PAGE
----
The most common use of returning a single value to the main control thread is to reduce, or summarize, the information computed by each thread of a processor object. Each of these functions are primitive, ``built in'', member functions of TEClass objects. In addition to computing and returning a uniform value to each processor object thread, they provide a way to synchronize the computations of each thread. The reduction functions available in pC++ are summarized in the table below. They are described in terms of a data type T which is assumed to have operators >, ==, >=, +, * which obey an associativity law. T may be a standard base type like int or double, or it may be a user defined type subject to some simple restrictions which we will describe later.

- T pCxx_max(T x) returns the maximum of a set of thread values.
- T pCxx_min(T x) returns the minimum of a set of thread values.
- T pCxx_sum(T x) returns the sum of a set of thread values.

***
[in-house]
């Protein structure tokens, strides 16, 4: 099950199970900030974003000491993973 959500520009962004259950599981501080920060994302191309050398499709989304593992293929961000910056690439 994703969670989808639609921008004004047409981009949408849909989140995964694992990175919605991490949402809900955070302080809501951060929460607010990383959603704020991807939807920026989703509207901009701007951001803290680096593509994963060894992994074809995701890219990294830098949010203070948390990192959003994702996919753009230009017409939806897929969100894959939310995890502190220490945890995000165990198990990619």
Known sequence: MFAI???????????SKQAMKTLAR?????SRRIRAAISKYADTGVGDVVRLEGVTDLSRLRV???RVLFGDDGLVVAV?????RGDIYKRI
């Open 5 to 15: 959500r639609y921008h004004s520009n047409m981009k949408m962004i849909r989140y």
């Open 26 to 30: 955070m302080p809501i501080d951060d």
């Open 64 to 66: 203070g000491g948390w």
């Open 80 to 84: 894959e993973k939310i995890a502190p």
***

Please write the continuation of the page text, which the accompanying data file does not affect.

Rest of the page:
- T pCxx_product(T x) returns the product of a values distributed over a processor set.

It is important to understand that these functions require the involvement of every thread in a processor set. For example, the following code illustrates two attempts to sum a set of values over the odd numbered threads of a TEClass object.

TEClass C{ float x; float oddSum(){ if(MyProc()/2 != 0) //<<< error: only odd threads return pCxx_sum(x); //<<< are executing this line else return 0; } float tryAgain(){ float y; if(MyProc()/2 != 0) y = x; else y = 0; return pCxx_sum(y); } };

In the first attempt, oddSum(), only the odd numbered threads execute the sum reduction. Consequently, they will ``hang'' waiting for the even numbered threads to contribute their part. In the second case, tryAgain(), all threads execute the reduction and there is no problem.

Mon Nov 21 09:49:54 EST 1994